It's been extremely cold here in Maryland this winter, but as luck would have it, Bill and I had planned a winter get-away just in time to avoid the "dreaded" Polar Vortex! They say timing is everything, and our flight was scheduled for Sunday morning, just hours before the deep freeze arrived in the Mid-Atlantic.
After traveling to the Riviera Maya last year, we decided that we wanted to spend a bit more time in Akumal -- the place of the turtles. Mid-way between Playa del Carmen and Tulum, Akumal is a quiet tourist destination with white sandy beaches, plenty of sea turtles, and the impressive coral structures of the Mesoamerican Barrier Reef are just a short swim from the beach.
Originally a coconut plantation, Akumal was officially founded as a scuba diving community in 1958 by Pablo Bush. It wasn't easily accessed by road until the 1970s when Highway 307 was built, though it still maintains a sleepy charm that has been replaced along most of the coast by the development of the mega-resort all-inclusive hotels that dominate the terrain between Cancun and Tulum.
Technically Akumal comprises 6 different bays (from north to south): Yal-ku lagoon, Half Moon Bay, Akumal Bay, South Akumal, Aventuras Akumal, and Jade Bay. We spent all of our time in the three northern bays.
There is only one road leading into Akumal from Highway 307, and the white archway of Hotel Akumal Caribe, which is still owned/operated by the Bush family, lets you know you've arrived in the "town." Much of the Akumal's commerce and activity takes place near this archway, where you'll find two small grocery stores, a handful of stores, most of the local restaurants, two dive shops and access to Akumal Bay.
|The archway leading to Akumal|
|Statue of Gonzalo Guerrero, Spanish sailor turned Mayan lord and father of the Yucatan Mestizas|
|Super Chomak -- the largest grocery store in Akumal|
|El Pueblito has a smaller selection of groceries but has ATMs that pay out in either US dollars or pesos|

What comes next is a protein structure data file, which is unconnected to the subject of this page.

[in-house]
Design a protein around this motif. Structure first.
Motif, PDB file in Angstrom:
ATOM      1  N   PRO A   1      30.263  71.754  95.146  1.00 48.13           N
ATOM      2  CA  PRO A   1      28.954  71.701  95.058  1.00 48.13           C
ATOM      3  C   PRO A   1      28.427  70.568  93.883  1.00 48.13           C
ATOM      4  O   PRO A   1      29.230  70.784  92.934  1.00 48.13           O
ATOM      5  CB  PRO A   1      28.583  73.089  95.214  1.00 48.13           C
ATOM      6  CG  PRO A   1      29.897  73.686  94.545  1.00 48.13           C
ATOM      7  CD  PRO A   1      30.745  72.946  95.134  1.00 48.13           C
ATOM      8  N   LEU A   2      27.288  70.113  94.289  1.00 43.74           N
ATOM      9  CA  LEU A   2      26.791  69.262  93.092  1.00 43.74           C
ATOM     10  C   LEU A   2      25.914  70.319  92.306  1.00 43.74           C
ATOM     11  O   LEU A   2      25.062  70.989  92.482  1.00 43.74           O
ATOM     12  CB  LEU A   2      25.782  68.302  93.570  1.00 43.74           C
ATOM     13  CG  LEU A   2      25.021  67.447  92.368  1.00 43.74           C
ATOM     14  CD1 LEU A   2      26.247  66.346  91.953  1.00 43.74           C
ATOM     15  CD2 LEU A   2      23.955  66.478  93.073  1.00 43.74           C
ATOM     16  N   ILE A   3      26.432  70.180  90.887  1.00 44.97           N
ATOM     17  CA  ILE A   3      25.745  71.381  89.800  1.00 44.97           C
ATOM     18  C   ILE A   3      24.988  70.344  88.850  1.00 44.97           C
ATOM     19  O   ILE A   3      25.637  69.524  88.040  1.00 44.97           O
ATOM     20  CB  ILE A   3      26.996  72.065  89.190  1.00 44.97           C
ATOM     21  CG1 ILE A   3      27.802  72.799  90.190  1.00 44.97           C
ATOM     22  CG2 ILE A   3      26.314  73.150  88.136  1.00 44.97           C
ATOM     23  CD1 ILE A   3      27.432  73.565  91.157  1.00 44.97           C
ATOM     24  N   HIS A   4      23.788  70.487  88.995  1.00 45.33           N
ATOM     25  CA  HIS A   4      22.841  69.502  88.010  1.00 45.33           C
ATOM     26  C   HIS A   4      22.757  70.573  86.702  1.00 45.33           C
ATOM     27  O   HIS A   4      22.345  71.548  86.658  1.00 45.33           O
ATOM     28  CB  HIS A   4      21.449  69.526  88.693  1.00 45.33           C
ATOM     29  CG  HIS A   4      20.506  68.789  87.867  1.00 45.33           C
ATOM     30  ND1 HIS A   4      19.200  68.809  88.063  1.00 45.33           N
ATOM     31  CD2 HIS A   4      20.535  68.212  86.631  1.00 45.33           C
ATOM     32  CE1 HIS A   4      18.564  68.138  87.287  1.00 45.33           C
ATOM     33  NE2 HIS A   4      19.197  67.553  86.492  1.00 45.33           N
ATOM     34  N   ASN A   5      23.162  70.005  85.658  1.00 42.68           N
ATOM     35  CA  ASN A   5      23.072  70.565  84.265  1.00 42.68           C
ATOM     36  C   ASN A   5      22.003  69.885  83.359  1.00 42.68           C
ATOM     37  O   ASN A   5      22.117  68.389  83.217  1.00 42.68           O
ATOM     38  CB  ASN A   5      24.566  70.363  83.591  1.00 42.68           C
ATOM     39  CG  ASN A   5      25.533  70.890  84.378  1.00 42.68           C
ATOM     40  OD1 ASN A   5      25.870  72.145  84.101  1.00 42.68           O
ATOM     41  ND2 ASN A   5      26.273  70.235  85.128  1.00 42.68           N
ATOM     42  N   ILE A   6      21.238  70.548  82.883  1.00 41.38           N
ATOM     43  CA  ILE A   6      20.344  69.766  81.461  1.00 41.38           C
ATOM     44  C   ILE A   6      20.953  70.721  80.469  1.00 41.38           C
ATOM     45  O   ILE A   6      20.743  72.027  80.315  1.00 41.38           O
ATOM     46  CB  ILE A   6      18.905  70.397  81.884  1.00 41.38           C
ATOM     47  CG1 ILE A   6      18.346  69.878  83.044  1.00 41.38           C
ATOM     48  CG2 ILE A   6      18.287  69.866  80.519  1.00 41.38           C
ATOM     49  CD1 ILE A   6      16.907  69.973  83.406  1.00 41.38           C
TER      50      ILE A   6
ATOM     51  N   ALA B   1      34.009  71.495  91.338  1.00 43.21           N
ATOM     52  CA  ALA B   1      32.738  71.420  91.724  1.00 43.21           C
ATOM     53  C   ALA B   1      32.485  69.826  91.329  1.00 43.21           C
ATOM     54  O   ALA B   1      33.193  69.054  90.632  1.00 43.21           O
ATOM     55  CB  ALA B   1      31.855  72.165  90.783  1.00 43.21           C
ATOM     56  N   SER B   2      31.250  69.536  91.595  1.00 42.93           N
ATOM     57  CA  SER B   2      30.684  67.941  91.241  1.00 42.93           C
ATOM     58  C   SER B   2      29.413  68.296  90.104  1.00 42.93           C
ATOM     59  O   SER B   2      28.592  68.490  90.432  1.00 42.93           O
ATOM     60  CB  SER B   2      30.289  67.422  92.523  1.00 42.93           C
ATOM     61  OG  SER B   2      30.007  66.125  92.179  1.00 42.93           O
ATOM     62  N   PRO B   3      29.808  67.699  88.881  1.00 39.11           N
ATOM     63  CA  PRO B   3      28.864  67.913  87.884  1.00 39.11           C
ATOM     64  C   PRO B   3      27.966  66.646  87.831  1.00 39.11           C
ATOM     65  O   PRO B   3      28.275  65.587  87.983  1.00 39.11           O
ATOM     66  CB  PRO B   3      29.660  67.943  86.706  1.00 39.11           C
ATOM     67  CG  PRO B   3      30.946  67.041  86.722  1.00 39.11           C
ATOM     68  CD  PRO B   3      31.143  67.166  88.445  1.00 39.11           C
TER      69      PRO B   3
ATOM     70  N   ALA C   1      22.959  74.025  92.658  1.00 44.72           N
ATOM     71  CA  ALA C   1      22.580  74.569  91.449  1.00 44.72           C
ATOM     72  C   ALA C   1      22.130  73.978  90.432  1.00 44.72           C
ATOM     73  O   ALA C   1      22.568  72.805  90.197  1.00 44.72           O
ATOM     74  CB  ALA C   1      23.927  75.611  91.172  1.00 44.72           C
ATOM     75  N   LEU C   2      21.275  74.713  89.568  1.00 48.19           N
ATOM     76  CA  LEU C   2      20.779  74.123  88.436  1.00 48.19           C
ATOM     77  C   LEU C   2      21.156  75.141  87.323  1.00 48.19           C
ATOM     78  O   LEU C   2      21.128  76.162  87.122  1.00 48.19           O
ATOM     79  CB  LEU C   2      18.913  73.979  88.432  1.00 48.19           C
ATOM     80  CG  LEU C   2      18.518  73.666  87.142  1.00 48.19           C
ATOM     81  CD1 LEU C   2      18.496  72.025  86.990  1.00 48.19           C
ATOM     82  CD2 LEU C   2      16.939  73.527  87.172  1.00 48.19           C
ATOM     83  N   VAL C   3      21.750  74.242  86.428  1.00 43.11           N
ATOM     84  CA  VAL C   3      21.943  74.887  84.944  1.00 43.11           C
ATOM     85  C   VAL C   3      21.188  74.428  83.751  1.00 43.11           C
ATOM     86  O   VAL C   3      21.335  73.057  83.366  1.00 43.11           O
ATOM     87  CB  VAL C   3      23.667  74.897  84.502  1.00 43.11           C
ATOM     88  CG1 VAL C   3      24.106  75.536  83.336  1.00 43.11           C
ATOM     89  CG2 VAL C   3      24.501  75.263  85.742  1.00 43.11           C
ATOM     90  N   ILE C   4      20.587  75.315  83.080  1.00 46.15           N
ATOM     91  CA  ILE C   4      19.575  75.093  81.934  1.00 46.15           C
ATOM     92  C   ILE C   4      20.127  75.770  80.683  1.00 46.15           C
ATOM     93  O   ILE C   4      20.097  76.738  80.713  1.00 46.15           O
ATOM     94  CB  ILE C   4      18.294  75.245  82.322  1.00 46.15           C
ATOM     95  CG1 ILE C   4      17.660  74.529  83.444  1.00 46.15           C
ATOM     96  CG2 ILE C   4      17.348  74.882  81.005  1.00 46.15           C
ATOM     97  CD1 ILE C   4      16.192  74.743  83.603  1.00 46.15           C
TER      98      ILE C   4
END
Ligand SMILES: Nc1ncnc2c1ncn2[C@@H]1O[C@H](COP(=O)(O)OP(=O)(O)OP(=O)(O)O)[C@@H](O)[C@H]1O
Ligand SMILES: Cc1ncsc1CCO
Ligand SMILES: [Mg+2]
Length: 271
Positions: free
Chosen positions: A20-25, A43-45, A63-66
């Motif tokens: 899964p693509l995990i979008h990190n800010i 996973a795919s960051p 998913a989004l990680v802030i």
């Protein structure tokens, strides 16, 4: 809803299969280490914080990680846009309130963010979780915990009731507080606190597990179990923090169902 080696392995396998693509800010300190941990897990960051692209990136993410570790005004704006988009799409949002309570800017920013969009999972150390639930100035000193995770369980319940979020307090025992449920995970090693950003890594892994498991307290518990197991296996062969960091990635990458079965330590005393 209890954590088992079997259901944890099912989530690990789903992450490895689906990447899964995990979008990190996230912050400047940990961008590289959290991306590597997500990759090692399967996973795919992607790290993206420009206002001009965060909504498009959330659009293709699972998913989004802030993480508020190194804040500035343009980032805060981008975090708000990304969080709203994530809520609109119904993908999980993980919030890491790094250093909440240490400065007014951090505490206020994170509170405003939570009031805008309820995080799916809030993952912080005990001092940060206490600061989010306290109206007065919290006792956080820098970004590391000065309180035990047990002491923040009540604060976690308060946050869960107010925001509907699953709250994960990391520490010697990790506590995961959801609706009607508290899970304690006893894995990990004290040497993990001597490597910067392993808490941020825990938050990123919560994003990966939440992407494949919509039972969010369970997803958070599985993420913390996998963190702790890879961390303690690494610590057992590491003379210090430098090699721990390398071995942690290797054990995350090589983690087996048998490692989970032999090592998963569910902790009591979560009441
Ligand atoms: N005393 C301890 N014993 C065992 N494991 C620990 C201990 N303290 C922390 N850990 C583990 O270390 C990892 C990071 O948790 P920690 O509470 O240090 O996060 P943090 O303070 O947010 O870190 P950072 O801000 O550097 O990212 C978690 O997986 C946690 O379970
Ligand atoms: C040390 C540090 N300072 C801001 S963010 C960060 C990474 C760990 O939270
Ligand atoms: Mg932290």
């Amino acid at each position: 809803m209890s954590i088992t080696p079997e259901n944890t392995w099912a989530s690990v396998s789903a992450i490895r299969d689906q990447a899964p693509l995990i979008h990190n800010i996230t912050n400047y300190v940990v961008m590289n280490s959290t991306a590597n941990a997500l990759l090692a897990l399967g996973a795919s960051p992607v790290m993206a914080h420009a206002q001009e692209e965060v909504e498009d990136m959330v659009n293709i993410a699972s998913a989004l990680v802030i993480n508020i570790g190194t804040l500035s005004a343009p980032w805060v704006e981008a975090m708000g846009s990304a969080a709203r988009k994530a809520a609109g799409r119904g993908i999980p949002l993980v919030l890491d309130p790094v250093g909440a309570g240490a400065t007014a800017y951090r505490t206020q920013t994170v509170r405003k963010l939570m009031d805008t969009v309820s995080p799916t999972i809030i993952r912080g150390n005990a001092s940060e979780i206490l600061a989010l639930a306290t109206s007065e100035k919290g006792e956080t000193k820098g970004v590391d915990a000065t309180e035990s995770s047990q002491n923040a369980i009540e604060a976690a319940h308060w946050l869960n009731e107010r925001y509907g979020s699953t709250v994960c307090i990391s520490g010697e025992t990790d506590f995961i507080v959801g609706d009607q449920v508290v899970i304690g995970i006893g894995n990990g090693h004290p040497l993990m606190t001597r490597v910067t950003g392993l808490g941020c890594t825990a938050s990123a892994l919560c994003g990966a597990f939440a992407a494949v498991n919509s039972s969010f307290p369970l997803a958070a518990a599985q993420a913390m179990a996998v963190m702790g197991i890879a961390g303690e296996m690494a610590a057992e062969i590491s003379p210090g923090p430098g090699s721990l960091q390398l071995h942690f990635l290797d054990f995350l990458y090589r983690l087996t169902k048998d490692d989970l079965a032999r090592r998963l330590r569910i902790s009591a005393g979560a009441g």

|Local farmer's market every Wednesday and Saturday near the arch and just outside of El Peublito|
Akumal Bay seems to be the most popular beach, with no shortage of soft white sand to walk along, and an abundance of sea turtles feeding close to shore. Last year Akumal Bay provided excellent snorkeling -- we saw several turtles, the biggest parrot fish we've ever seen (more than 6 feet long!), several barracudas and schools of cuddle fish. The beach has gotten more popular in the past year, and they now have a buoyed maze to swim through and keep you away from the boat traffic but also some of the best coral structures.
|Akumal Bay in 2013|
|A few buoys, but a serene scene in 2013|
|The new buoy system for snorkeling in Akumal Bay|
|Navigating the buoy system|
Many people rent cars, golf carts or bicycles to get around, but we opted to explore the area on foot this year.
|Bill checking out the local golf cart rentals|
|Half Moon Bay|
|View from the northern part of Half Moon Bay|
|North Half Moon Bay|
|The view from Playa Caribe Condo|
|Our Easy Shot Clip HD video camera with underwater housing that clips onto your mask strap|
We spoke with people snorkeling with the more expensive GoPro cameras, and they had the same problem... But with a bit more practice I'm sure we'll get some good underwater video to share!
The Akumal area has plenty of great restaurants and watering holes to visit when you're not in the water. Lol-Ha, which is right on the beach in Akumal Bay, has a great happy hour from 5-7 with half price drink specials and free chips and pico de gallo.
Turtle Bay Cafe is a popular breakfast and lunch spot, with a great happy hour from 4-6. You can get beers for 20 pesos, 2 for 1 margaritas, tacos for 70 pesos, and flatbread "pizzas" for 80 pesos. The ahi tuna tacos are certainly not authentic, but absolutely delicious!
|Turtle Bay Cafe|
La Buena Vida on Half Moon Bay also has a great happy hour drink specials from 5-7 and beers are 15 pesos each. The food left a bit to be desired here, so we stuck with the libations.
|La Buena Vida|
|La Cueva del Pescador|
|Me with Teri and her family at Las 3 Acapulquenas|
|A fusion of Thai and Mexican cuisine and decor at Gynn'ak|
|Lionfish washed up on the beach. Note the size compared to the 6" long Bic pen|
As with any vacation, the time flew by way too quickly, and now it's back to the snow and bitterly cold temperatures. But at least we're rested, rejuvenated, and refocused on the work we need to do to really get Phoenix going this year. 2014 will be busy, but there should be plenty of progress and sailing to write about!
|Phoenix on our frozen creek. The ice eater is getting a workout this winter!|